State Water Resources Research Institute Program

Project ID: 2007ND142B
Title: Fractionation of Natural Organic Matter in Water
Project Type: Research
Start Date: 3/01/2007
End Date: 2/29/2008
Congressional District: 1
Focus Categories: Treatment, Water Supply, Methods
Keywords: Resin fractionation, Natural Organic Matter, Water Treatment, Extraction Technique, Total Organic Carbon
Principal Investigator: Eakalak, Khan (North Dakota State University)
Federal Funds: $ 2,000
Non-Federal Matching Funds: $ 4,000
Abstract: The Moorhead, Minnesota and Fargo, North Dakota Water Treatment Plants (MWTP and FWTP) use the Red River water as a primary source to produce drinking water for the residents of Fargo-Moorhead area. Fargo and Moorhead are located on either side of the Red River of the North forming a twin-city area. Understanding the characteristics and composition of NOM in the drinking water source is helpful for identifying the problematic NOM fractions (the fractions that have potential to form carcinogenic disinfection byproducts). Fractionation and characterization of NOM from the Red River have never been conducted. Total organic carbon (TOC) is used to measure the performance of NOM removal at different treatment stages at MWTP. The TOC values of bulk water can indicate the organic content but do not provide information on the treatability of the different types of organic molecules. NOM fractionation could elucidate the effects of water treatment processes at MWTP on NOM composition. The main scope of this study is to fractionate and characterize NOM from the Red River and to investigate the removal of each NOM fraction along the treatment train of MWTP. A fractionation procedure developed to differentiate NOM into six fractions based on polarity and acid/base/neutral properties will be applied to the samples. This project will provide the information on the composition and characteristics of NOM in the Red River water and the efficiencies of treatment units at MWTP for removal of different NOM fractions. With this information, appropriate operational adjustments on treatment processes can be made to minimize the THMs' and HAAs' precursor fractions to reduce the health risk and to comply with the DBP regulation. On a big picture, the new fractionation technique, which is much less time consuming, will benefit water utilities and researchers throughout the world. The technique is also useful for other applications related to NOM such as groundwater recharge and wastewater reclamation. Information on the composition and chemical properties of NOM fractions can provide a better understanding of NOM behavior in natural and engineered water systems.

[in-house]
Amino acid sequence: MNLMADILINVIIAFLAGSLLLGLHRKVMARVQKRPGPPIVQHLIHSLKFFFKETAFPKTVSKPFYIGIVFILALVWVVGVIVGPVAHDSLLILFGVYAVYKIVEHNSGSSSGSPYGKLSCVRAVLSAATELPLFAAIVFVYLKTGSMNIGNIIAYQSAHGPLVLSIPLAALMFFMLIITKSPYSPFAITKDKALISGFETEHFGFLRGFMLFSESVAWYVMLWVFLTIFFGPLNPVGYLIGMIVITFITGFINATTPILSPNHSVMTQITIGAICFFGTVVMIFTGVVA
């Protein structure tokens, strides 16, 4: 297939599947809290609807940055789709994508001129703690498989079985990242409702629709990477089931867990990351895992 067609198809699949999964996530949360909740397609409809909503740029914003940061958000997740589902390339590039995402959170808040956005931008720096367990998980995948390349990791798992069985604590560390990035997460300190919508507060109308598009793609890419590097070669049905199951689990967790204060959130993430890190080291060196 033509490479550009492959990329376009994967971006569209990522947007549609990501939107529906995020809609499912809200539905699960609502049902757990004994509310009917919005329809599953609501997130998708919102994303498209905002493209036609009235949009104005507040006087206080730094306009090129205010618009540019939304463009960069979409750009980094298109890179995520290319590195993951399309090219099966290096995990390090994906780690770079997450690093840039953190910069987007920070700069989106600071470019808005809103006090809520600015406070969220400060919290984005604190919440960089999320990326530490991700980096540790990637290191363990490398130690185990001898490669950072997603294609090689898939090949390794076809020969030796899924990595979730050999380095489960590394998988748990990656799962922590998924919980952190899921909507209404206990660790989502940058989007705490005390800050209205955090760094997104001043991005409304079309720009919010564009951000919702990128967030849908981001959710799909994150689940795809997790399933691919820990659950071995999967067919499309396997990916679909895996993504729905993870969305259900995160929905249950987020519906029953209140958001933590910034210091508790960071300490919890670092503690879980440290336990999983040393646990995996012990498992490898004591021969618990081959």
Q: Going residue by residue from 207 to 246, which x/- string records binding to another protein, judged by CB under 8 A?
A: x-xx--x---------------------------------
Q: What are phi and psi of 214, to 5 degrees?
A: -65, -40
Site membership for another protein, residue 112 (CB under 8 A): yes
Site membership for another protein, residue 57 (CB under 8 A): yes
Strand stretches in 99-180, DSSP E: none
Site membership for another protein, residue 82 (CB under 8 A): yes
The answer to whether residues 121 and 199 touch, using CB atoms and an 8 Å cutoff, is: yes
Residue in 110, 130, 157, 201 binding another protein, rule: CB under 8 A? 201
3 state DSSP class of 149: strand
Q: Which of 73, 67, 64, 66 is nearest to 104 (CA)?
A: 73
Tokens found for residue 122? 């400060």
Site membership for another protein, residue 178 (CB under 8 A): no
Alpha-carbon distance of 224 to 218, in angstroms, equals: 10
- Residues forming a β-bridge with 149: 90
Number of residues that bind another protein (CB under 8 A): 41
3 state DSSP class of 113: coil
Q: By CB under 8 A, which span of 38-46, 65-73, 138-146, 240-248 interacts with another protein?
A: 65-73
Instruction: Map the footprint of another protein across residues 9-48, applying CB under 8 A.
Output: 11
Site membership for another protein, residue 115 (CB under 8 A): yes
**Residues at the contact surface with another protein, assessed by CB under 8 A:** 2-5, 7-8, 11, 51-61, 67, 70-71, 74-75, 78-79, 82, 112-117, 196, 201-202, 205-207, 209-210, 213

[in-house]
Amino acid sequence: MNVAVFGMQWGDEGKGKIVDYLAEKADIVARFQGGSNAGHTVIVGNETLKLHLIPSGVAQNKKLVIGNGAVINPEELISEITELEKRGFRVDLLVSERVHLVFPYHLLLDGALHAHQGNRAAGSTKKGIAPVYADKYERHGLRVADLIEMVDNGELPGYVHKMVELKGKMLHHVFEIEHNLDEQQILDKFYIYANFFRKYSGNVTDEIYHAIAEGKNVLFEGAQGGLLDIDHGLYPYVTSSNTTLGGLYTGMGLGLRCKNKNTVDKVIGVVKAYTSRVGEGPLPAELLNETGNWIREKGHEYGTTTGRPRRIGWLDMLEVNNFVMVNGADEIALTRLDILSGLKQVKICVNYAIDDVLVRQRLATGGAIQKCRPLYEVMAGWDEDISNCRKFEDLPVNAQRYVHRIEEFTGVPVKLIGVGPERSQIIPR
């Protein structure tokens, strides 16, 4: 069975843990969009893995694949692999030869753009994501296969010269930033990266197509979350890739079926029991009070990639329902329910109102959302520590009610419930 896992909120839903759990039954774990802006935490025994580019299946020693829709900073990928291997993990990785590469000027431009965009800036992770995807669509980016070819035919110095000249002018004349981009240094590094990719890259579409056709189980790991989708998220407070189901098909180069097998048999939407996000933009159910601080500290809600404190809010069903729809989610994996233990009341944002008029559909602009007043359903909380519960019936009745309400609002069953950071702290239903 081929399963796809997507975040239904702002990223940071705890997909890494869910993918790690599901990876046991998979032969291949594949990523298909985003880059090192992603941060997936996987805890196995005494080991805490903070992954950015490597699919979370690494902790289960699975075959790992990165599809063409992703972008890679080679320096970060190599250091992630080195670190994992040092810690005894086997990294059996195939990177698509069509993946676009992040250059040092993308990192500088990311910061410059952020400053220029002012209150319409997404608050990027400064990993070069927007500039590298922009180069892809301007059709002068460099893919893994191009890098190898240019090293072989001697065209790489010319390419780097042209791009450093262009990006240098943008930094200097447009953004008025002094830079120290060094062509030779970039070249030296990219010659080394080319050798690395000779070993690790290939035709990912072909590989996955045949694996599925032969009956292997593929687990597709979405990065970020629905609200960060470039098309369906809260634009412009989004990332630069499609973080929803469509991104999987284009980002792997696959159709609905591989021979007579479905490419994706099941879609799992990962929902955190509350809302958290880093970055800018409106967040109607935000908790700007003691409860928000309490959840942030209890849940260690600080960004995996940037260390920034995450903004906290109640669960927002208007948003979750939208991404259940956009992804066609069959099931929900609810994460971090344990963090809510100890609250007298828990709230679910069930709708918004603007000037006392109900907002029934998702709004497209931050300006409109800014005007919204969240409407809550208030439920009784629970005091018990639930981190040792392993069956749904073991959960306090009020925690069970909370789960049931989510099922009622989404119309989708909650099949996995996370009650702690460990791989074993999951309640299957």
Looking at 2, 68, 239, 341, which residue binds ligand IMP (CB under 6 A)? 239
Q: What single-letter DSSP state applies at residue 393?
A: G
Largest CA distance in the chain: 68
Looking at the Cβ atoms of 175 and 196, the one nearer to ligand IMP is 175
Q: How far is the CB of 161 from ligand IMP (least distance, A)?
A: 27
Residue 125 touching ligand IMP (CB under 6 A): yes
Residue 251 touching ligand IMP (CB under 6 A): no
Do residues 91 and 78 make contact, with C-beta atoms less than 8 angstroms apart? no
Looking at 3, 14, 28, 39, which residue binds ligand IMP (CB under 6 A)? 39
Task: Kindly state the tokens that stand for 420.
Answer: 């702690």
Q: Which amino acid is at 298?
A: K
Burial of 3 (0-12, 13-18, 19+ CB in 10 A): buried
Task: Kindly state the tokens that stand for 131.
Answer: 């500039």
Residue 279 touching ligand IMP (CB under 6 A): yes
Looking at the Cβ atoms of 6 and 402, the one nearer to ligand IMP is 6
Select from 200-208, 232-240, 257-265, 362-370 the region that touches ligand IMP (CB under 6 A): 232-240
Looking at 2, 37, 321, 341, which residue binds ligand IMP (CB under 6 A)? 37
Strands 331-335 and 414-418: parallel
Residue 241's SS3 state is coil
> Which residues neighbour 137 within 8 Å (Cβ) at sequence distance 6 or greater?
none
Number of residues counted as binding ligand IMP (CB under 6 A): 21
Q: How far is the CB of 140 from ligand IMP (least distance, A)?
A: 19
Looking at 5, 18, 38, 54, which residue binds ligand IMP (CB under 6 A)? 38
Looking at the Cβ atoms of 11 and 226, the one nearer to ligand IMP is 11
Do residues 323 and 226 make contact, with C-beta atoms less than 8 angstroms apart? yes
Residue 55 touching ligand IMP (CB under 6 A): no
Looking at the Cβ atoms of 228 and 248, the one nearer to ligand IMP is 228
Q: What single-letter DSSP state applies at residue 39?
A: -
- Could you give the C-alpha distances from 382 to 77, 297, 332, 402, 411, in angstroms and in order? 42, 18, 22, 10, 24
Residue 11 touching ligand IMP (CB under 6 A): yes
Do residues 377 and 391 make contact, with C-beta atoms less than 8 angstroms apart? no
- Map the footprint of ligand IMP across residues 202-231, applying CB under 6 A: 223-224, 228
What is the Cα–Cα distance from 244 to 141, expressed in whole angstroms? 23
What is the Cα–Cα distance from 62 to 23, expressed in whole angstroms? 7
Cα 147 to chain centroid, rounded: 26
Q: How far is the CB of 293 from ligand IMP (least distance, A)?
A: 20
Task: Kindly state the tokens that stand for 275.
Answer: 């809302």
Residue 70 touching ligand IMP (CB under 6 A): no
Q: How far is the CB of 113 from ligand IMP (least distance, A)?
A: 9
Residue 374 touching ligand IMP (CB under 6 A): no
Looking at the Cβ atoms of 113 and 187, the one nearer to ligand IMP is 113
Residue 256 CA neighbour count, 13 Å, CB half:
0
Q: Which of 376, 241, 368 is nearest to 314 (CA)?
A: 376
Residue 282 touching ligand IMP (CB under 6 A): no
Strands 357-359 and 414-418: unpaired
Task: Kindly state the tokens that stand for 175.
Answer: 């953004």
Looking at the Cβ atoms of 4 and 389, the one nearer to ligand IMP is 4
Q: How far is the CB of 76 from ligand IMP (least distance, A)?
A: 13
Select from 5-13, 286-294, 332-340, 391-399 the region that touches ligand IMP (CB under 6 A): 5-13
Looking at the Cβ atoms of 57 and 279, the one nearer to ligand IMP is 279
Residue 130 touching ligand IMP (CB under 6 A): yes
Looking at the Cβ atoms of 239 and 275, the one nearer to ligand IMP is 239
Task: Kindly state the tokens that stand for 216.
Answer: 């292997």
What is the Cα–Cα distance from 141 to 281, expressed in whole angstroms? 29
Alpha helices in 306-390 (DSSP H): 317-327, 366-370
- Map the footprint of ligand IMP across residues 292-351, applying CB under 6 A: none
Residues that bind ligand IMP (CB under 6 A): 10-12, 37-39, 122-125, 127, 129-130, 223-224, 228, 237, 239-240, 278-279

Progress/Completion Report, PDF

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